As plasticizers, practically all those materials can be considered which are also used for the preparation of polyvinyl chloride plastisols. Particularly preferred are phthalate plasticizers such as dioctyl phthalate or dibutyl phthalate. Additional well-suited plasticizers are, for example, sebacic acid esters and azelaic acid esters, as well as polymeric plasticizers comprising polyadipic acid esters, carbamid acid resins or urea formaldehyde resins.
The plastisols can be applied to metallic or nonmetallic substrates in layer thicknesses from 5 microns to 5 mm by dipping, spraying, painting, or with a doctor blade and are gelled at temperatures from 90° C. to 200° C. By gelation in suitable molds, shaped bodies can also be prepared. The preparation of the copolymers and their conversion to plastisols is evident from the following Examples, given by way of illustration.
(A) Preparation of polymer powders
0.1 g of ammonium peroxydisulfate and 0.3 g of C15 paraffin sulfonate (commercially available as "Emulsifier K30", Bayer AG) are dissolved at 80° C. in 400 g of distilled water in a 2-liter Wittig flask equipped with reflux condenser, stirrer, and dropping funnel. Emulsion 1 is added dropwise to this solution with stirring over 11/2 hours.
______________________________________Emulsion 1 (core material): 500 g of monomer (see Table) 2.35 g of emulsifier 0.15 g of initiator 300 g of distilled water.______________________________________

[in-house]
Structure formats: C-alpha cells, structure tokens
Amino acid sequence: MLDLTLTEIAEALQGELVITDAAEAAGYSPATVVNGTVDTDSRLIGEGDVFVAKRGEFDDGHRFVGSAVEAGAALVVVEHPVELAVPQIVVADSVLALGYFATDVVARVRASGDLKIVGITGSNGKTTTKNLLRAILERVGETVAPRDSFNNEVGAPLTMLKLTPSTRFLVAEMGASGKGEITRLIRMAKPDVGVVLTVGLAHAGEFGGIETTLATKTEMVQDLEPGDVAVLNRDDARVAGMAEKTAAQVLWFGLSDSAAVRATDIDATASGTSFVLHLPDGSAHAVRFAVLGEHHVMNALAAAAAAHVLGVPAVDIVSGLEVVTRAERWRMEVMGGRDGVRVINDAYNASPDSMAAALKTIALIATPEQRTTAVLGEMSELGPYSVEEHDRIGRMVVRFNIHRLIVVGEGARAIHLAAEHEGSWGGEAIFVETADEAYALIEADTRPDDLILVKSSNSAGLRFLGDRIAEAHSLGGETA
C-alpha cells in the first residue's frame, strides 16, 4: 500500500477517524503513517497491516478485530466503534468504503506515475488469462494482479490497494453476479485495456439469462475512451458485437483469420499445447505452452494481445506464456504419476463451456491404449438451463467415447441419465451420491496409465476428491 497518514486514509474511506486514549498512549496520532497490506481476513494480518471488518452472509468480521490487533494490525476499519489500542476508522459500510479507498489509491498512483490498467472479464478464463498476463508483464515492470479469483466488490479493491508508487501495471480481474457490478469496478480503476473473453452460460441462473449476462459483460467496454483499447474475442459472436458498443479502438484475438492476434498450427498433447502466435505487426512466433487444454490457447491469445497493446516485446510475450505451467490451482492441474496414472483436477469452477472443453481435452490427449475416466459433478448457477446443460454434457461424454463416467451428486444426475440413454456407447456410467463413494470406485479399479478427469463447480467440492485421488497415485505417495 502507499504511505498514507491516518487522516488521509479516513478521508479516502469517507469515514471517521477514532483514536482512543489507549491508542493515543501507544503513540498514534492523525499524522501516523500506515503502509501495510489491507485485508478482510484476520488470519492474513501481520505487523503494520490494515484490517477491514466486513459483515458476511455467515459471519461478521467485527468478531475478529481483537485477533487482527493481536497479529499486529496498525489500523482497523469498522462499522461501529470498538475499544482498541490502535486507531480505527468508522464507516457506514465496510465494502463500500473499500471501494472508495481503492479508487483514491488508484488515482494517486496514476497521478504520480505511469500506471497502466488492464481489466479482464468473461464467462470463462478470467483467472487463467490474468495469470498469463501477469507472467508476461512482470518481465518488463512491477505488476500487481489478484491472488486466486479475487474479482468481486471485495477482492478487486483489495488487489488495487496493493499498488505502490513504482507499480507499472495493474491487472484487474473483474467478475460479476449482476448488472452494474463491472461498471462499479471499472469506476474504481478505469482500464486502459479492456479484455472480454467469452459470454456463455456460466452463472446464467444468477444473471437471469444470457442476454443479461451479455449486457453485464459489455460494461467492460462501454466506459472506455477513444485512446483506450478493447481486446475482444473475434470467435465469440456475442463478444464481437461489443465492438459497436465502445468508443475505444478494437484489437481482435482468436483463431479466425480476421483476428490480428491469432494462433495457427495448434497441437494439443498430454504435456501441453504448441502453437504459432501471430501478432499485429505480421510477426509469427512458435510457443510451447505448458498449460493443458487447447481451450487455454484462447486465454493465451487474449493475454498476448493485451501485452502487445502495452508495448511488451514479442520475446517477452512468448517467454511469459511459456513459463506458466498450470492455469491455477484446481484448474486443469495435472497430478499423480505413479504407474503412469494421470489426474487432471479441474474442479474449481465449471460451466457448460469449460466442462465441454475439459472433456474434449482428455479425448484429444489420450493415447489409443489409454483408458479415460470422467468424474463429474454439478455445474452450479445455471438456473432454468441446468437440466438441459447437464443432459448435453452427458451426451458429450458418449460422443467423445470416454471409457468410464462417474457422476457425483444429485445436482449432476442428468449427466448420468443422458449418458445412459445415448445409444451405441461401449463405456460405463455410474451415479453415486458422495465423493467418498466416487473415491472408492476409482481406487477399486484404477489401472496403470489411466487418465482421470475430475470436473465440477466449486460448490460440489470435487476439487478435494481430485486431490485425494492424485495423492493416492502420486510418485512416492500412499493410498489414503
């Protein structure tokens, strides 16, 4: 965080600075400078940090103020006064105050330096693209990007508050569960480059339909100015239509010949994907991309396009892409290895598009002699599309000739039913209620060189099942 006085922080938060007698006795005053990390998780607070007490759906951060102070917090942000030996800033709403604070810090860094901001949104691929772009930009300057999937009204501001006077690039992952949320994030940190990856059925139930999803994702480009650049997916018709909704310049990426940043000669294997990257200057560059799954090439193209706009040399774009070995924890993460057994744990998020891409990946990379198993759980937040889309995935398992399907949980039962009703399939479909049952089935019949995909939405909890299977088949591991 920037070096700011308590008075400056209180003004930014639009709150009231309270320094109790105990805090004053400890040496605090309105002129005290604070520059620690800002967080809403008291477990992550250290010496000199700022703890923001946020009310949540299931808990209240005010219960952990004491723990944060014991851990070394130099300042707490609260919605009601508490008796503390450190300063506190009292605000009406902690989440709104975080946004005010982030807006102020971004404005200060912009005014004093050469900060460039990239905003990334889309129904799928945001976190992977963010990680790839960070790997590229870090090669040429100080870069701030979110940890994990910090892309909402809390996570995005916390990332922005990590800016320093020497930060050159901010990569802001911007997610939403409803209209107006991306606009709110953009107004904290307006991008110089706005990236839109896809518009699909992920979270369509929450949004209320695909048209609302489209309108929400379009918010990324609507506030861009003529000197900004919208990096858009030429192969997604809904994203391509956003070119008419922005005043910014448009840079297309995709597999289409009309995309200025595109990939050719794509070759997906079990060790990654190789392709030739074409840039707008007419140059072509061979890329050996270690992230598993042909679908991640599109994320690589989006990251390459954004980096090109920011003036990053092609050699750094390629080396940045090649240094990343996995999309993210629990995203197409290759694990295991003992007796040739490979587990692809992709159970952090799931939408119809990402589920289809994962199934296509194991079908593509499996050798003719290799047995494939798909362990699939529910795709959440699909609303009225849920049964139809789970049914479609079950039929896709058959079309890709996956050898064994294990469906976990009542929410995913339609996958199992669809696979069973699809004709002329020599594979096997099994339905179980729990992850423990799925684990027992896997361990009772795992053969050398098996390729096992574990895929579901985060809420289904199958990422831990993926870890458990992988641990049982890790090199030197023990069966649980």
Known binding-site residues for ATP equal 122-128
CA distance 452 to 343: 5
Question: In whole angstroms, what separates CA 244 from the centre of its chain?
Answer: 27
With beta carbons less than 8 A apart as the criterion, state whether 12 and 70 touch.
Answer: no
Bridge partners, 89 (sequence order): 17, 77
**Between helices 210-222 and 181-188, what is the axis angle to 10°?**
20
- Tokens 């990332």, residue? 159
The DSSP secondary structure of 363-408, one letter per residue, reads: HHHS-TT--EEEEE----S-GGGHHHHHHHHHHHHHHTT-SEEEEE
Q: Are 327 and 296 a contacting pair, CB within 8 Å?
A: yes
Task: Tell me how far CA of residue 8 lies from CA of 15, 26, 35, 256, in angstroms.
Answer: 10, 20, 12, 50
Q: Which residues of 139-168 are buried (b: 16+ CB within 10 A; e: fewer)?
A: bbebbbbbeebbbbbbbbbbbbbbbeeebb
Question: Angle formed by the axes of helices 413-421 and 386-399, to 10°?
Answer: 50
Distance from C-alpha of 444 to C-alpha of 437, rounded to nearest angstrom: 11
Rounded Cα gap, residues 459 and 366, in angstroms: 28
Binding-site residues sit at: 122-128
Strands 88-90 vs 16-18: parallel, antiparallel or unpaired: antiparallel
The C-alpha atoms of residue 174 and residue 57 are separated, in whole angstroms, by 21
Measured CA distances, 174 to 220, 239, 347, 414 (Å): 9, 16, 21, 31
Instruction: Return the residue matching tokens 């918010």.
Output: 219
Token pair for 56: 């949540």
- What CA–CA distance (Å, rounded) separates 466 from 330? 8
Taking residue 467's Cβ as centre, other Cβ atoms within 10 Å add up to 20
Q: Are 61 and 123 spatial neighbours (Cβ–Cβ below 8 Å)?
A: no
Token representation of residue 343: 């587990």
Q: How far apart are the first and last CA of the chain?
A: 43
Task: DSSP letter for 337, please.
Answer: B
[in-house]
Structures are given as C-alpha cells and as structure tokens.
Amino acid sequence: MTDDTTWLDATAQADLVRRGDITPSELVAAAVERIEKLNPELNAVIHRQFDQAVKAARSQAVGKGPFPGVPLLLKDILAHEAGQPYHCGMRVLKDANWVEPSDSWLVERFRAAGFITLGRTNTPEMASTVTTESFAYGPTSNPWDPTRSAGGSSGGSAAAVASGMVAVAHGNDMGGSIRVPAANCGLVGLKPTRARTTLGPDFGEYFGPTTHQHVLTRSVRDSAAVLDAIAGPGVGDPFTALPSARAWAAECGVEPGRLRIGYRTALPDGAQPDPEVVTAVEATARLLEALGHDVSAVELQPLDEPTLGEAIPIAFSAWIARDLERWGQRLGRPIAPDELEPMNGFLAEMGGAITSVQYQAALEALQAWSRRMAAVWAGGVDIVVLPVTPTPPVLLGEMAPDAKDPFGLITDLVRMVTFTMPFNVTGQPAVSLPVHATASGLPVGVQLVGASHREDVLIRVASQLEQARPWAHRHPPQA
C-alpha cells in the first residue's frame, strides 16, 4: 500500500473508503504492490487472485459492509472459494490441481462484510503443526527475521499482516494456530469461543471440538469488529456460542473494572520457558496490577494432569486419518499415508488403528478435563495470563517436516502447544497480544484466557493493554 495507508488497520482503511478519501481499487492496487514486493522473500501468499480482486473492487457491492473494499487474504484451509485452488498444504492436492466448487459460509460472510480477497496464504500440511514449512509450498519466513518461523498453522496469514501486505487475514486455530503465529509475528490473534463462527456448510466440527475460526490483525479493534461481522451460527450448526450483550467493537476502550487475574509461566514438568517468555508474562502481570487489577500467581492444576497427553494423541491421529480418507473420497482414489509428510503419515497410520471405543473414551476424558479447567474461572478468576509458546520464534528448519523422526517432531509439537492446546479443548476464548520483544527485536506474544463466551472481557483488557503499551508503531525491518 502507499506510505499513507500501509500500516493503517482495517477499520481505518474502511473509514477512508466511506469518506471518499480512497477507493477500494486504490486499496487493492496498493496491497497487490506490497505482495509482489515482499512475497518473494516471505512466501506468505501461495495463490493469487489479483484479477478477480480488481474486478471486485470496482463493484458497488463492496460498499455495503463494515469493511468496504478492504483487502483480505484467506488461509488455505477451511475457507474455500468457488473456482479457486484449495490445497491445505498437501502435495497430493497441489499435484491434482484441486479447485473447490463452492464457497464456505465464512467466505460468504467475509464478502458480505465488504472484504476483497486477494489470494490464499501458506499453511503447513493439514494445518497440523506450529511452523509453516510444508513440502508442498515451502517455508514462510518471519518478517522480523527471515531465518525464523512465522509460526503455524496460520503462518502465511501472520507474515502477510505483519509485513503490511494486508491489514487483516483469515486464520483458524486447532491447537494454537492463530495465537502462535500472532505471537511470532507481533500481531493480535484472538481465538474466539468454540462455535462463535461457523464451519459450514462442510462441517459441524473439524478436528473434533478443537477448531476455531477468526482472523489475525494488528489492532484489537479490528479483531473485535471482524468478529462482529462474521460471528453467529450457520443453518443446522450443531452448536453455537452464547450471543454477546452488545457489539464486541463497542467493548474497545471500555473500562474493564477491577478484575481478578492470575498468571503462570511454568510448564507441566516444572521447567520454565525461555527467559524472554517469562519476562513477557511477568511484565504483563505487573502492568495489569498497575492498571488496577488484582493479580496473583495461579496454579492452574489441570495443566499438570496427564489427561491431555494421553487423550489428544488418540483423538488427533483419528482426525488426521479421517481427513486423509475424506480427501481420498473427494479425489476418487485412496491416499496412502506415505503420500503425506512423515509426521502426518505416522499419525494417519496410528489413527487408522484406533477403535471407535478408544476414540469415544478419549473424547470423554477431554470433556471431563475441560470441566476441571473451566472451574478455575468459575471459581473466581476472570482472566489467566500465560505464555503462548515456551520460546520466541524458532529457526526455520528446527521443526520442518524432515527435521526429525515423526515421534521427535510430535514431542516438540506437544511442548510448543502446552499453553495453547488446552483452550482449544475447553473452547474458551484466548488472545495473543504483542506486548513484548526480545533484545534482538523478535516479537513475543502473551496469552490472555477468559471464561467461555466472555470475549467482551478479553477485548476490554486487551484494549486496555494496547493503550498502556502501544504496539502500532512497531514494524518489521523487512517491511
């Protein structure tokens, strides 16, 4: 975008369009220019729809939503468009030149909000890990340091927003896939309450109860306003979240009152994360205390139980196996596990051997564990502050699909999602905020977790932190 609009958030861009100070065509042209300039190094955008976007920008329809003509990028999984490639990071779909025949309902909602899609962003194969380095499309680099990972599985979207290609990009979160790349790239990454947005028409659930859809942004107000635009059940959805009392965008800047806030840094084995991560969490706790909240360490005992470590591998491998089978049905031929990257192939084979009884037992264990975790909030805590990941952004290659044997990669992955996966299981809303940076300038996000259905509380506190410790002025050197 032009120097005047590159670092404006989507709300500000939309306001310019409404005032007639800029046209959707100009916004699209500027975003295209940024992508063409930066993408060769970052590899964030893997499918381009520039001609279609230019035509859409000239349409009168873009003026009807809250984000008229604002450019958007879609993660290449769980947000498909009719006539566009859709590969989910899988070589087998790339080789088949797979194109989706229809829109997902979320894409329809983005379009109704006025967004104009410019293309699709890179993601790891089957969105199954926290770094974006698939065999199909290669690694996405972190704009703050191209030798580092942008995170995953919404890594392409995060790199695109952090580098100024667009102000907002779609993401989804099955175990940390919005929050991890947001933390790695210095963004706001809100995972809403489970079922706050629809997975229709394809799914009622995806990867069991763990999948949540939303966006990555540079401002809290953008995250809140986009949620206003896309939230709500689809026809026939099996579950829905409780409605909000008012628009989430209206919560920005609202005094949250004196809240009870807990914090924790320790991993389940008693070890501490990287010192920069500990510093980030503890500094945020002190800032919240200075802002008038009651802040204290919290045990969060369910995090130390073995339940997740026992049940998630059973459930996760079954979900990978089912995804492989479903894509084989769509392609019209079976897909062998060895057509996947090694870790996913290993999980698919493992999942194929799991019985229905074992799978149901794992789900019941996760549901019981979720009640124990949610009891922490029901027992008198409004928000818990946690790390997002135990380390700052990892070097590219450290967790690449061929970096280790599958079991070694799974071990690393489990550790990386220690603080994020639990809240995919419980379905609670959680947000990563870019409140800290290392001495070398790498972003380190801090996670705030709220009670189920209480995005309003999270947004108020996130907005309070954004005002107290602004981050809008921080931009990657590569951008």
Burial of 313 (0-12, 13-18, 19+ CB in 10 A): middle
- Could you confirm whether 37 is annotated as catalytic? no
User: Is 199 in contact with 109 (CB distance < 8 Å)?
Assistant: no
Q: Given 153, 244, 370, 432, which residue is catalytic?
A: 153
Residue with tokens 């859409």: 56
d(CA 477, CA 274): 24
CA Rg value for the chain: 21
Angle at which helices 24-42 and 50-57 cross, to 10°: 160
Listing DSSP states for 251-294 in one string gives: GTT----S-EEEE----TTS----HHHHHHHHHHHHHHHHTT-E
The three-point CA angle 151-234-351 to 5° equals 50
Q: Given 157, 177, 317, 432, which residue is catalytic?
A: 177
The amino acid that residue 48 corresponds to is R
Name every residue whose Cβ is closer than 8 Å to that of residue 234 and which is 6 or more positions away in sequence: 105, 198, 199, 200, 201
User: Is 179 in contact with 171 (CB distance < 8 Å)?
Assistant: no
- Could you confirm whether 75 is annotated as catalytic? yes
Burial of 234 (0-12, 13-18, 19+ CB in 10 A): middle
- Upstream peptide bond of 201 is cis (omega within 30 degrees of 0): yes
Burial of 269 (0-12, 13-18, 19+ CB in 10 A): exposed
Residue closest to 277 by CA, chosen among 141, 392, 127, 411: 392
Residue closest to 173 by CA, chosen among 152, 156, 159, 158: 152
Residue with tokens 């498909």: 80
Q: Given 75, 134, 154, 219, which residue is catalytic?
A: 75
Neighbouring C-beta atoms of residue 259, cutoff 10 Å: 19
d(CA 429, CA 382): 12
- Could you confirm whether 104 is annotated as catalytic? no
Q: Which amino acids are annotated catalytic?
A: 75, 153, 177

Subsequently, emulsion 2 is added over a period of 11/2 hours.
______________________________________Emulsion 2 (shell material): 500 g of monomer (see Table) 2.35 g of emulsifier 0.15 g of initiator 300 g of distilled water______________________________________
After everything has been added, the batch is maintained at 80° C. for two hours, and is then cooled to about 25° C. The dispersion is converted to a finely divided polymer powder by spray drying. Those powdered polymers in which a strong sintering of the latex particles is avoided by protective drying have the best properties from the point of view of use in plastisols.
(B) Preparation and Testing of Plastisols
40 parts by weight of polymer powder and 60 parts by weight of dioctyl phthalate are mixed and homogenized on a three roll mill. The mixture is stored at 30° C. and the increase in viscosity is followed for up to 21 days using a Brookfield rotation viscosimeter. The limit of storability can be viewed as reached when the viscosity reaches 1000 poises.
For testing plasticizer compatibility, sheet iron is coated with a 5 mm thick layer of the plastisol which is gelled for 30 minutes at 100° C. or for 10 minutes at 180° C. If there is no exudation of the plasticizer from the gelled coating determinable within seven days, the mixture is deemed compatible. The test results are recorded in the following Table III.